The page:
The Passion Translation
From Tears to Praise
A prayer for those who are overwhelmed and for all the discouraged who come to pour out their hearts before the Lord[a]
102 Lord, listen to my prayer! Listen to my cry for help!
2 You can’t hide your face from me in the day of my distress.
Stoop down to hear my prayer and answer me quickly, Lord!
3–4 For my days of happiness have gone up in smoke.
My body is raging with fever, my heart is sick,
and I’m consumed by this illness—
withered like a dead leaf. I can’t even eat.
5 I’m nothing but skin and bones.
Nothing’s left of me but whispered groans.
6 I’m like a pelican of the wilderness,[b]
like an owl among the ruins.
7 I’m sleepless, shivering in the cold, forlorn, and friendless,
like a lonely bird on the rooftop.
8 My every enemy mocks and insults me incessantly.
They even use my name as a curse to speak over others!
9–10 Because of your great and furious anger against me,
all I do is suffer with sorrow,
with nothing to eat but a meal of mourning.[c]
My crying fills my cup with salty tears!
In your wrath you have rejected me,
sweeping me away like dirt on the floor.
11 My days are marked by the lengthening shadows of death.
I’m withering away and there’s nothing left of me.
12 But then I remember that you, O Lord,
still sit enthroned as King over all!
The fame of your name will be revealed to every generation.
13 I know you are about to arise and show your tender love to Zion.
Now is the time, Lord,
for your compassion and mercy to be poured out—
the appointed time has come
for your prophetic promises to be fulfilled!
14 For your servants weep in sympathy over Zion’s ruins
and feel love for her every stone.
15 When you arise to intervene,
all the nations and kings will be stunned
and will fear your awesome name, trembling before your glory!
16 Yes, you will reveal yourself to Zion
and appear in the brightness of your glory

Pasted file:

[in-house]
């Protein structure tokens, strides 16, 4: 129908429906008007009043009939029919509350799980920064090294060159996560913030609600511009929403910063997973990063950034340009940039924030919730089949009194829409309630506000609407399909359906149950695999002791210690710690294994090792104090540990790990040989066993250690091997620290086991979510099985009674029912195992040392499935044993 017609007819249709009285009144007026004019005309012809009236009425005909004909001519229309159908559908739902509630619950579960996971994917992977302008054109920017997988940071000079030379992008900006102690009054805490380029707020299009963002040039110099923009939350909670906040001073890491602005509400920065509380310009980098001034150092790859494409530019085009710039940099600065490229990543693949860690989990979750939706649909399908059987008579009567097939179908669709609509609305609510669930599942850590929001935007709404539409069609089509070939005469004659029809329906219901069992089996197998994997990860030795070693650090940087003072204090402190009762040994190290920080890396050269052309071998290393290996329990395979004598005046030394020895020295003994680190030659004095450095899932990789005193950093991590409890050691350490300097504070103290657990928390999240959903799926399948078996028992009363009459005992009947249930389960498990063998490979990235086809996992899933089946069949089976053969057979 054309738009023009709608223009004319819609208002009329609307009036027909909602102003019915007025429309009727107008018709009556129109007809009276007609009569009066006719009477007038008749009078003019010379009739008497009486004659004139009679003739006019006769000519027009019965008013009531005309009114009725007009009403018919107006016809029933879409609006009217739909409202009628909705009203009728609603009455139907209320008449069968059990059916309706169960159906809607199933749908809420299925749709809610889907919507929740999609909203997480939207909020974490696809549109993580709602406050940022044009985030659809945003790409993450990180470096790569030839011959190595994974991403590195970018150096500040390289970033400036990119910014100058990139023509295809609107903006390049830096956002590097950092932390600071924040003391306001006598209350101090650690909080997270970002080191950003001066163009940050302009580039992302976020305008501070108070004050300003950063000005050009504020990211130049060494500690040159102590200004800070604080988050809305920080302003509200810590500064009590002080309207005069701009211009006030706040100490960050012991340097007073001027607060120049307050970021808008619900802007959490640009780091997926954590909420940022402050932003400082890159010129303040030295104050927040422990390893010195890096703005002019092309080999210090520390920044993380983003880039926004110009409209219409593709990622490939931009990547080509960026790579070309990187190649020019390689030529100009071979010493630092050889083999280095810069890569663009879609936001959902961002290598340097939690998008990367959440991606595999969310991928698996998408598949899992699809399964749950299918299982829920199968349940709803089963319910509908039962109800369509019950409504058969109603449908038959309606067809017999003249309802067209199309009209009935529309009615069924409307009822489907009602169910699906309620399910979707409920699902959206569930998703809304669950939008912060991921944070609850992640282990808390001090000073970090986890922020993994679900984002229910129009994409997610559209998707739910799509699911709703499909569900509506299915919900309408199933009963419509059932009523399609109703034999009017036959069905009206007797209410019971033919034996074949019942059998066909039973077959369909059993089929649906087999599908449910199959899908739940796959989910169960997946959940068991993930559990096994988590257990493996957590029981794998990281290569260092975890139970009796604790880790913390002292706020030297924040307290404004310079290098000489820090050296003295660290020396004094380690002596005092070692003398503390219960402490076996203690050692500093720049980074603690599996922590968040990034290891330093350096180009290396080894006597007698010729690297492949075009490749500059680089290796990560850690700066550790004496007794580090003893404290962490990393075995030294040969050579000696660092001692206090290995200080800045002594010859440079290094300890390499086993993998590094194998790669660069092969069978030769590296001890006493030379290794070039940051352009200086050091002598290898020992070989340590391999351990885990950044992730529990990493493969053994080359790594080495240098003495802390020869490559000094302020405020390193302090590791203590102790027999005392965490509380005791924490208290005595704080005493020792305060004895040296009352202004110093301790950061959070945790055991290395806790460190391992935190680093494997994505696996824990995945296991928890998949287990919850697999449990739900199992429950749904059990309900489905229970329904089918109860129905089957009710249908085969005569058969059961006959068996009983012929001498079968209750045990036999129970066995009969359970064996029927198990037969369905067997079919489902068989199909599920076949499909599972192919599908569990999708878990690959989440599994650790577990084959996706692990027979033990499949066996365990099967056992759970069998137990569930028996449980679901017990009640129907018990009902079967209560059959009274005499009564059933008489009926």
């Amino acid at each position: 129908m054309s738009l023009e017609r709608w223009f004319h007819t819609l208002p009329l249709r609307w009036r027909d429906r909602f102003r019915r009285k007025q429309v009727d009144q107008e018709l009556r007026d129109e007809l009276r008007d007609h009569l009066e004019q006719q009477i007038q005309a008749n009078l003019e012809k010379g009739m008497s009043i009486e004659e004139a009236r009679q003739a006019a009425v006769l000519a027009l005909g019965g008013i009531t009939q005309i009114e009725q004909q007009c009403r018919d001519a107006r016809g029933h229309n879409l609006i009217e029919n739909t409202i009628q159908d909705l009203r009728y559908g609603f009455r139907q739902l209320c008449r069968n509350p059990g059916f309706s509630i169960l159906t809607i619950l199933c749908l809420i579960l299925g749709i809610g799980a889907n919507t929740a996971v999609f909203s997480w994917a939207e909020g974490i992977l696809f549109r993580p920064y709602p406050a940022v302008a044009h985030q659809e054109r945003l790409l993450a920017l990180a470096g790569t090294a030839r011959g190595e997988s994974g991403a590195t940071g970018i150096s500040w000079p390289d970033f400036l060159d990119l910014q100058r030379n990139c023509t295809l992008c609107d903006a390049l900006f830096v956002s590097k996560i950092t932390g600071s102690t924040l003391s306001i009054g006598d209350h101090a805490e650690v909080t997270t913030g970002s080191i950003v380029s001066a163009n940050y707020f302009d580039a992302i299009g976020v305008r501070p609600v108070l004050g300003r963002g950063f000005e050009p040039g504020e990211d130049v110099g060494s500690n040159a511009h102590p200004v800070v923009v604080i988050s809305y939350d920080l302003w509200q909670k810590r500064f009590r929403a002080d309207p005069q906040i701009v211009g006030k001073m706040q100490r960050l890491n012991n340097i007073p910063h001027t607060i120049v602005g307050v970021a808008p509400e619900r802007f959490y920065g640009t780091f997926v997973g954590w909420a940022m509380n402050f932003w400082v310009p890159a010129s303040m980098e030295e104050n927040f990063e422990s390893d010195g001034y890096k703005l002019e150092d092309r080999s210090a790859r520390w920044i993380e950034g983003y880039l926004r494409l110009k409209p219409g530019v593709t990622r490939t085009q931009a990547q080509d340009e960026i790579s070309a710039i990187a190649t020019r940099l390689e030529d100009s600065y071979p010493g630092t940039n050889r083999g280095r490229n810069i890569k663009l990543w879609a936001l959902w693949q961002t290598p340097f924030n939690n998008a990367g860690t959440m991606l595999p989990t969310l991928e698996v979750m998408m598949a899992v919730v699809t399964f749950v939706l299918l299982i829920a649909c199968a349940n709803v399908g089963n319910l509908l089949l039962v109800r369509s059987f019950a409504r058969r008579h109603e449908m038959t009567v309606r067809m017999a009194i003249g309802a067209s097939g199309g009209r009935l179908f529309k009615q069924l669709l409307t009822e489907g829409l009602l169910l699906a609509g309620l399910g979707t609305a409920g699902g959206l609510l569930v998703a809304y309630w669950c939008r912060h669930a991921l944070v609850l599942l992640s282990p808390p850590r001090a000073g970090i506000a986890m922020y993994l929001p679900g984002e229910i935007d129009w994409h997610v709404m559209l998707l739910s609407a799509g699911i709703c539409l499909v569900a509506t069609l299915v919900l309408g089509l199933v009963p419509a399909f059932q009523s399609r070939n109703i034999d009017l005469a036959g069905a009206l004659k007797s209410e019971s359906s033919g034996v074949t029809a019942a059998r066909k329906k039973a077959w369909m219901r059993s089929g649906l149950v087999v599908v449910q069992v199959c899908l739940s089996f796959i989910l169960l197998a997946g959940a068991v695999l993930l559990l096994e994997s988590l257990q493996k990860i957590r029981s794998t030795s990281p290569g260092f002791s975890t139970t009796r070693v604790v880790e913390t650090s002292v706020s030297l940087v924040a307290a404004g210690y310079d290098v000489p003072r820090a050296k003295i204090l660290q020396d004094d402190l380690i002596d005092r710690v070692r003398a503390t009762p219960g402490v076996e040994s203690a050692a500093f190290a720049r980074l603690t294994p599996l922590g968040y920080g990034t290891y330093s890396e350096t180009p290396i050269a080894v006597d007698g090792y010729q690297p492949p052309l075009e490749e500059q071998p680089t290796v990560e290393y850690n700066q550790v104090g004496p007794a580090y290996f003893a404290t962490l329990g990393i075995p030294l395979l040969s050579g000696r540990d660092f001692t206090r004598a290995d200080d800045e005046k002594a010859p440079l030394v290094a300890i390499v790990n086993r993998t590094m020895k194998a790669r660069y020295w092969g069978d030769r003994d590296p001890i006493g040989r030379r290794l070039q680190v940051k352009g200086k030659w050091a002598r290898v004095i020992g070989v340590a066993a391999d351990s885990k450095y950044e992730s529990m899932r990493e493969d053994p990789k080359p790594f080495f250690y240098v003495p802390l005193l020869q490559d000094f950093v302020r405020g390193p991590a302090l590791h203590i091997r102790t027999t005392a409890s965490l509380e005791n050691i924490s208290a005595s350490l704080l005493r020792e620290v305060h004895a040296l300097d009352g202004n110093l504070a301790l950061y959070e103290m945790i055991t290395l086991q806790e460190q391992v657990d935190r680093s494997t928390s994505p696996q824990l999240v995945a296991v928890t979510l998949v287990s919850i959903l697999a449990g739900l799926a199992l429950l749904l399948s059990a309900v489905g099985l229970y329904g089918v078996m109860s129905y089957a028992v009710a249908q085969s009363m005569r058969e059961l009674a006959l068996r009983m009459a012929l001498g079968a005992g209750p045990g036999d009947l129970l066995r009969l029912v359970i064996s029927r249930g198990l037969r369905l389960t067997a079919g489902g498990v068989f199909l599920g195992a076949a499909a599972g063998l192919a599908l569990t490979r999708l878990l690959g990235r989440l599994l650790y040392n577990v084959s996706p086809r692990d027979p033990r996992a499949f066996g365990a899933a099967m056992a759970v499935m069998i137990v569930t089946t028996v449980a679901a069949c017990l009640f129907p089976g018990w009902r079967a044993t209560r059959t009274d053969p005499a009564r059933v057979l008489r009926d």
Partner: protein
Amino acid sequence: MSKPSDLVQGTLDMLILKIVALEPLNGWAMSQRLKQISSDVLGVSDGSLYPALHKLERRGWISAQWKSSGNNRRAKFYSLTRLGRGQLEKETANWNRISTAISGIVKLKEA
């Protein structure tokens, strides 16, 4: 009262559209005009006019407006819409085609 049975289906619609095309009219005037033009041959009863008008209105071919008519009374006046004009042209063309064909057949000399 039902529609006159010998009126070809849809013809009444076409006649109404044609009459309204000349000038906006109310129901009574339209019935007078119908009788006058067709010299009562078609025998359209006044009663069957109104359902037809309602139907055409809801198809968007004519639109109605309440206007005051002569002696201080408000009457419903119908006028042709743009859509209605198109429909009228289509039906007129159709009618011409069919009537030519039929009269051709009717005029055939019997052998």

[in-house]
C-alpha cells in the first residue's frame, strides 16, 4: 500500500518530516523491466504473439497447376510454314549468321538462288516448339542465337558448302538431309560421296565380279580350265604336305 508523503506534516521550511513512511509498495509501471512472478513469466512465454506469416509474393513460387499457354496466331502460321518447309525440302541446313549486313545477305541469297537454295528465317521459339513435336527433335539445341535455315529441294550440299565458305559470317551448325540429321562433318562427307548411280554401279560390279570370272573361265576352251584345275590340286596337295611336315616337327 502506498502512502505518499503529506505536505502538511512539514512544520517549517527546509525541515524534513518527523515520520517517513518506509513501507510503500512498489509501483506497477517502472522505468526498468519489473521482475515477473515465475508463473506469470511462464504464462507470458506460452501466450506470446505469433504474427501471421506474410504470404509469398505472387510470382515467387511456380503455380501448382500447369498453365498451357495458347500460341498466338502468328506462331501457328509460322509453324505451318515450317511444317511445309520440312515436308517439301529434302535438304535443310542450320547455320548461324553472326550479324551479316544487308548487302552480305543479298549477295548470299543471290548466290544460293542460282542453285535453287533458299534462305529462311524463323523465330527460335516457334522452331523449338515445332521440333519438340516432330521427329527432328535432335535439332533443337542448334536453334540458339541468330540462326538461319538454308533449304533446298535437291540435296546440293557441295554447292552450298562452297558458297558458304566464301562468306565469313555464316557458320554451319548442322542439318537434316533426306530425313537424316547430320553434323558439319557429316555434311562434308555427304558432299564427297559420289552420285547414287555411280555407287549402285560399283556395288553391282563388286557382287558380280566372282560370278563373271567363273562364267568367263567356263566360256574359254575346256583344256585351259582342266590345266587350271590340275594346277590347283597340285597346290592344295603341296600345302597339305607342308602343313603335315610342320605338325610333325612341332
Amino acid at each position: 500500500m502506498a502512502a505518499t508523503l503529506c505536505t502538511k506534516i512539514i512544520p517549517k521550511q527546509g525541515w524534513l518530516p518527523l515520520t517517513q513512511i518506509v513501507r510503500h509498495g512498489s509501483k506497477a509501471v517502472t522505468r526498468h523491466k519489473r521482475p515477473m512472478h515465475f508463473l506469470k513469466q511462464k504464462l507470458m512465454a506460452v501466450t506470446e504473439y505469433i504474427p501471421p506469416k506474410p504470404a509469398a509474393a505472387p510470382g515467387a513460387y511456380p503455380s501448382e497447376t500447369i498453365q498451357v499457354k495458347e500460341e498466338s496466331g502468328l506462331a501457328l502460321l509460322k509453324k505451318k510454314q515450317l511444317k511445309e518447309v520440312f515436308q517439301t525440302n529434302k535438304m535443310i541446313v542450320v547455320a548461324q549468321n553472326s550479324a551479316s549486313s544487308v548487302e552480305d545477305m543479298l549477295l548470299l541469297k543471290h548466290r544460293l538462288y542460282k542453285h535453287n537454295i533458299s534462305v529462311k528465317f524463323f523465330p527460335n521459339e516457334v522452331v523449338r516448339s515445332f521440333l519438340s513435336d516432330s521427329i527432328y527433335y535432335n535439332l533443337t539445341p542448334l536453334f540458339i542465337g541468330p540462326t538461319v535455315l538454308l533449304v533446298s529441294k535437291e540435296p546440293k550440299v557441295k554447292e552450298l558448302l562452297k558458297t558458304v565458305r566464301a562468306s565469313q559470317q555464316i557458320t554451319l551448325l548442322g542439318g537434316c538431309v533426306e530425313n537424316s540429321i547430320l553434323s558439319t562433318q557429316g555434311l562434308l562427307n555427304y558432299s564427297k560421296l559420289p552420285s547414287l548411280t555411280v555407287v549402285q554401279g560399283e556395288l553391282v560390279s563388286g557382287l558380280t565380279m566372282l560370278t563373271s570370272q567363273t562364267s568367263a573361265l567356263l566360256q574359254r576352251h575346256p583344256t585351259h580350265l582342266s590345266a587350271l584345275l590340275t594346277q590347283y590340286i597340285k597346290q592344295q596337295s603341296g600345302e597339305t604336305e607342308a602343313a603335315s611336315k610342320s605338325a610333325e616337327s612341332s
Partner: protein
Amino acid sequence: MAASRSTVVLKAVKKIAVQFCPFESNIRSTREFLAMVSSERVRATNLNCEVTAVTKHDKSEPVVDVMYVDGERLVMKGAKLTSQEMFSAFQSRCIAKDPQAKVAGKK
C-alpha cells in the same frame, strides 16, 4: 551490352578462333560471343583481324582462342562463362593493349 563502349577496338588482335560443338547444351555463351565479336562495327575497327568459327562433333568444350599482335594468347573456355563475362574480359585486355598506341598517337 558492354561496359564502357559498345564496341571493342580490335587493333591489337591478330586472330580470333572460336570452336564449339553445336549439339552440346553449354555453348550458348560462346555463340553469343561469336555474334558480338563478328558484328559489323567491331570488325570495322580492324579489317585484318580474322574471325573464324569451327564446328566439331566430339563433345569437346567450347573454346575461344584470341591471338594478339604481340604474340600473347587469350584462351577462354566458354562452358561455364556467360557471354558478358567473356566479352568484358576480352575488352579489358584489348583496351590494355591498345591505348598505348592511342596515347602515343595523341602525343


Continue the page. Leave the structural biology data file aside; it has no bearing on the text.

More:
to restore her and give her children.
17 He responds to the prayer of the poor and broken
and will not despise the cry of the homeless.
18 Write all this down for the coming generation,
so re-created people[d] will read it and praise the Lord!
19 Tell them how Yah[e] looked down from his high and holy place,
gazing from his glory to survey the earth.
20 He listened to all the groaning of his people longing to be free,
and he set loose the sons of death to experience life.
21 Multitudes will stream to Jerusalem to
praise the Lord and declare his name in Zion!
22 Peoples from every land, their kings and kingdoms,
will gather together to worship the Lord.
23 But God has brought me to my knees, shortening my life.
24 So I cry out to you, my God, Father of eternity,
please don’t let me die!
I know my life is not yet finished.
25 With your hands you once formed the foundations of the earth
and handcrafted the heavens above.
26–27 They will all fade away one day like worn-out clothing,
ready to be discarded, but you’ll still be here.
You will replace it all!
Your first creation will be changed,
but you alone will endure, the God of all eternity!
28 Generation after generation our descendants will live securely,
for you are the one protecting us, keeping us for yourself.
- 102 As translated from the Septuagint.
- 102:6 Ancient expositors viewed the “pelican in the wilderness” as a reference to Christ. The famous legend and much medieval artwork taught that the pelican would give the gift of blood to her starving young by piercing her own breast with her beak, allowing her young to drink her blood and live. What an amazing example of sacrificial love. Augustine writes concerning this: “The mother wounds herself deeply and pours forth her blood over her young, bathed in which they recover life.” See Augustine, “Exposition on the Book of Psalms,” in Nicene and Post-Nicene Fathers, First Series, ed. A. Cleveland Coxe and Philip Schaff (Peabody, MA: Hendrickson, 1955), 8:497.
- 102:9–10 Or “I eat ashes as if they were bread.” Ashes speak of mourning, for mourners would often throw dust and ashes over their heads.
- 102:18 Or “those born anew [re-created].”
- 102:19 Taken from Yahweh. Yah is often used as the name of the God of Power.